Why fear the history of science? A brief response to Don Wiebe

The Problem of Disenchantment: Scientific Naturalism and Esoteric Discourse, 1900-1939 (Brill, 2014)I am more used to being labelled a “scientistic reductionist” than an “anti-science relativist”. While neither is particularly accurate, I was certainly surprised to see Don Wiebe review my book, The Problem of Disenchantment, as a “full-scale attack on modern Western science” (p. 1). Ironically, the review (published online in the journal Religion) appears side by side with an article of mine [free postprint here] that argues for consilience between the humanities and the sciences, so readers are likely to walk away a bit puzzled.

Since the charge of anti-science is a serious one, however, and since it comes from a well-respected scholar whose ardent support for a scientific and secular study of religion I have, in fact, admired since my undergraduate days, it seems necessary to take a moment to clarify some crucial issues that appear to get mixed up in the review.

Wiebe primarily takes issue with the way that my book incorporates perspectives from the history of science. Putting scientists on a level historical playing field with other spokespersons that make claims to “knowledge”, such as theologians, philosophers, and – horrible dictu – occultists, may seem to relativize the epistemic claims of scientists. Thus, Wiebe is led to conclude that my approach threatens to corrode the authority of the sciences, and with it the distinction between the scientific study of religion and the claims of religious spokespersons (p. 4-5).

Two simple clarifications will, I hope, suffice to demonstrate that these fears are unjustified. First, Wiebe’s review seems to lack a clear distinction between the historical task of historicizing epistemic claims and the philosophical task of doing normative epistemology (such as demarcating science from non- or pseudo-science). I am doing the former, not the latter. I analyze (some) scientists as historical actors, which inevitably means viewing their normative claims with regard to the proper conduct of science as contingent historical expressions. However, a historical description and comparison of diverging claims is not an “attack” on the “special epistemic status” of the sciences. Descriptions of what actually happened and judgments on how it ought to have happened are simply separate issues.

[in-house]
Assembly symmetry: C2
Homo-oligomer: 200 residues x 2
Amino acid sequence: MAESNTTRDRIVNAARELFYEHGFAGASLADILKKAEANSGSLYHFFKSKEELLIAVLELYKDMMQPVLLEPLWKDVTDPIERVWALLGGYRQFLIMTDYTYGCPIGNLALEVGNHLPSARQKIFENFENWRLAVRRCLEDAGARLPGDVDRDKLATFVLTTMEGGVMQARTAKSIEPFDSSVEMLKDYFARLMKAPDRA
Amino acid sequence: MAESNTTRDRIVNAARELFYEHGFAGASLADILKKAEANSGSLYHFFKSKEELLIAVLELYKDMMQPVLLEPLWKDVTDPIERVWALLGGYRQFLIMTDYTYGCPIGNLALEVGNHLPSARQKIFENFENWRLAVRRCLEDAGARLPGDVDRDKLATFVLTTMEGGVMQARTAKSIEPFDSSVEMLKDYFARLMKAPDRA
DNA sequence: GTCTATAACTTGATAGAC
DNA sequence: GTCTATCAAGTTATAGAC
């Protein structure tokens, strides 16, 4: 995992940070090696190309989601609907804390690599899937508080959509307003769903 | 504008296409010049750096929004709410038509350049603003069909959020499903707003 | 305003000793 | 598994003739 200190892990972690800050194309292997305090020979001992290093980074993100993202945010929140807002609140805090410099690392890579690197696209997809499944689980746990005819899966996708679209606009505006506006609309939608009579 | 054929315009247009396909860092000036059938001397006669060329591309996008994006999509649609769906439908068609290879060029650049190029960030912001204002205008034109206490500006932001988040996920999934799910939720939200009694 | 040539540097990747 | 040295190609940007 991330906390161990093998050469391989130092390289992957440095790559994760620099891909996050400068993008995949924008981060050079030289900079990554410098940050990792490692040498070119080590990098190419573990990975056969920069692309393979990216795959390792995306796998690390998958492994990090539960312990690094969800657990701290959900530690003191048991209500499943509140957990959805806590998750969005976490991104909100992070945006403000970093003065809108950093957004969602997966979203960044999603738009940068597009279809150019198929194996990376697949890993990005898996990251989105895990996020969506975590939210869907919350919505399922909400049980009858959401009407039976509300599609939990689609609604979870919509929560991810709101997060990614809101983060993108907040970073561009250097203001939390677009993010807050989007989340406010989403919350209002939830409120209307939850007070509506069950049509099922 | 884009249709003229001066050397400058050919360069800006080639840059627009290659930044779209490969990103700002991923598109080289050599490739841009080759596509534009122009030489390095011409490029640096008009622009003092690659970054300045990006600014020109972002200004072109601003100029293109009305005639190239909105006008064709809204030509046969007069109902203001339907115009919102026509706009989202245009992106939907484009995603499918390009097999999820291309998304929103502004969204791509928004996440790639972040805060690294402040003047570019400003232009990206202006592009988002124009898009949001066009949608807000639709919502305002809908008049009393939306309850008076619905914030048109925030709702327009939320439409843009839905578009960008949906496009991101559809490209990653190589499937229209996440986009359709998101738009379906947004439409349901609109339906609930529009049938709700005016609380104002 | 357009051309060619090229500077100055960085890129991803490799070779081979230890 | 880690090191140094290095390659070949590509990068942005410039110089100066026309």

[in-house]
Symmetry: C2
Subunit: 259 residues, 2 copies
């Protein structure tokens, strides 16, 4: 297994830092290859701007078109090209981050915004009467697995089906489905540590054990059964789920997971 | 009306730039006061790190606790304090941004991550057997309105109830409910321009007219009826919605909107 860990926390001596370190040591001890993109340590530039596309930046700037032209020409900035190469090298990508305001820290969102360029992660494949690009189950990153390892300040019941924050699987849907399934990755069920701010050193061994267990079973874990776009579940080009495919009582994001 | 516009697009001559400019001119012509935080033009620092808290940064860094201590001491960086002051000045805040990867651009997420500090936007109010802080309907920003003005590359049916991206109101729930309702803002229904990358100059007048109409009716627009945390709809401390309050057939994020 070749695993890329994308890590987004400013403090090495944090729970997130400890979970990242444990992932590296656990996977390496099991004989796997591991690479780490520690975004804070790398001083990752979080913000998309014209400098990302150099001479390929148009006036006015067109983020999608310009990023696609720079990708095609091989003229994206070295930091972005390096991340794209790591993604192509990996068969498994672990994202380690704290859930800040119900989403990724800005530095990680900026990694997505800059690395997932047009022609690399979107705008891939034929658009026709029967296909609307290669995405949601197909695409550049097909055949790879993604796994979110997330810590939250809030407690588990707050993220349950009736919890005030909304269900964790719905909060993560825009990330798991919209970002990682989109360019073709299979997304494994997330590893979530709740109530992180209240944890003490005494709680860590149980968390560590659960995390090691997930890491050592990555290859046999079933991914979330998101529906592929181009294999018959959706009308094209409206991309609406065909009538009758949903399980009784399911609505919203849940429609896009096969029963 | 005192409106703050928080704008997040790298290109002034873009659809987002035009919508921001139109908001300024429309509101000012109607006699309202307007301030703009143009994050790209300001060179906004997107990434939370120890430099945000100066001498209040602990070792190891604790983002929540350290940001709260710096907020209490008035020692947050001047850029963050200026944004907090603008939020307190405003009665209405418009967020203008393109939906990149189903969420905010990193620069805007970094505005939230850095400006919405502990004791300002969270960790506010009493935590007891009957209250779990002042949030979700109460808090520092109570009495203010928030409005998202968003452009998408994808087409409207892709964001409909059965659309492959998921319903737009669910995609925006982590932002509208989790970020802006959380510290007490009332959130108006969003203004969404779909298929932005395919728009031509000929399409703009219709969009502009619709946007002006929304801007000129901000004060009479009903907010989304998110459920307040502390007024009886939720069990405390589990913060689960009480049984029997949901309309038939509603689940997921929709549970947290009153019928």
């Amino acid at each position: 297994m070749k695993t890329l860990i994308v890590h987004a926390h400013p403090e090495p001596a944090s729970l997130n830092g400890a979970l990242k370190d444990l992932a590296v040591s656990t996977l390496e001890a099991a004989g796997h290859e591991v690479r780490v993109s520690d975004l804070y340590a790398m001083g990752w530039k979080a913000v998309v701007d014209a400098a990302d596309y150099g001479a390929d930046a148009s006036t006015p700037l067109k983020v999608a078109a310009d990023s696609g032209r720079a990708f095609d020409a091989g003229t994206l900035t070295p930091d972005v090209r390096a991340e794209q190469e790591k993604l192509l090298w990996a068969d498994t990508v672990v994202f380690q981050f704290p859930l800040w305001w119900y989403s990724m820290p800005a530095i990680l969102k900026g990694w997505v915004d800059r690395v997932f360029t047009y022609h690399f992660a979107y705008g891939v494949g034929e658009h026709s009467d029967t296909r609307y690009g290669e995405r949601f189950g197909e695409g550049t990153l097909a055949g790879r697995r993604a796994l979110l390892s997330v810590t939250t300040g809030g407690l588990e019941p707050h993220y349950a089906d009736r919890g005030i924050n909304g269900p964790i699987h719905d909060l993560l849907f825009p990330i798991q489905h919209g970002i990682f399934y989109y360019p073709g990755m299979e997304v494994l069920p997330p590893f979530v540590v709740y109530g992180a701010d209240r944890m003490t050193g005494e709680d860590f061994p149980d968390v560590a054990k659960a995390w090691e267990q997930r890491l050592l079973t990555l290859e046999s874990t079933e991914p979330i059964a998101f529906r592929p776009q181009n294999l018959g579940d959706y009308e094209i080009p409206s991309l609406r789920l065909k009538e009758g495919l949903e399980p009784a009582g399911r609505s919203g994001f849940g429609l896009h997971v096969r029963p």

Even though my primary agenda was historical, it might be worth noting that the book does, in fact, also include a thorough discussion of epistemological issues (e.g., in chapter two – an earlier version of which is freely available here). It even features a critique of the sort of “radical constructionism” with which Wiebe appears to have me associated. Unfortunately, the review did not engage with this dimension of the book.

The second clarification concerns my motivation for including the history of science in the first place. There is a very simple reason for it: As I demonstrated in chapters two and four of the book [see here and here for free dissertation versions of these chapters], non-experts in the history of science who write about the historical relationship between science and religion frequently end up reproducing “emic historiographies of science” – “history myths” that serve various insider agendas, but are simply not supported by rigorous historical research (I wrote about this on Heterodoxology many years ago). Being able to clearly “differentiate between strategic mythmaking and actual scientific practice” (Problem of Disenchantment, 100-101) was my primary motivation for engaging with the history of science literature, as expressed on numerous occasions throughout the book (e.g., pp. 61, 89, 100-106, 110, 120, 125-127, 139, 141-143, 147, 278, etc.).

As a general principle, I hold that researchers seeking to make valid scholarly claims in an interdisciplinary space have an obligation to read up on relevant specialist literatures – whether history of science, economics, psychology, or whatever field one’s research enters into (see e.g. pp. 84-85, 556-556). In the book, I called this stance the “endoxic principle” (pp. 84-86). Engaging with history of science in a work of religious studies is simply a special case of its application.

Pace Wiebe’s complaints, I believe this to be a principled and staunch defense of the epistemic authority of academic expert systems rather than an attack on it.


Readers interested in finding out more about my use of history of science in the study of esotericism may read the article “Dis/Unity of Science: Models for the Study of Modern Esotericism and Science” (Numen, vol. 62 (2015), vol. 5-6: 538-567). [from publisher, paywall]

Those curious about my view on consilience between the harder sciences (especially cognitive science and psychology) and the humanities (esp. religious studies) should check out “Reverse-Engineering ‘Esotericism’: How to Prepare a Complex Cultural Concept for the Cognitive Science of Religion” (Religion, online 22 Sept 2015, doi: 10.1080/0048721X.2015.1072589)  [from publisher, paywall].

And, of course: it doesn’t hurt to read the book for yourself. The dissertation on which it is based is now available electronically from the University of Amsterdam’s repository. Please note that crucial parts, especially chapters 1, 2, and the conclusion, have been thoroughly rewritten in the book version.



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  1. […] happy that a reviewer is picking up on the implications of Problemgeschichte, and (unlike certain others) presenting it accurately as “a methodological approach to the histories of ideas and […]

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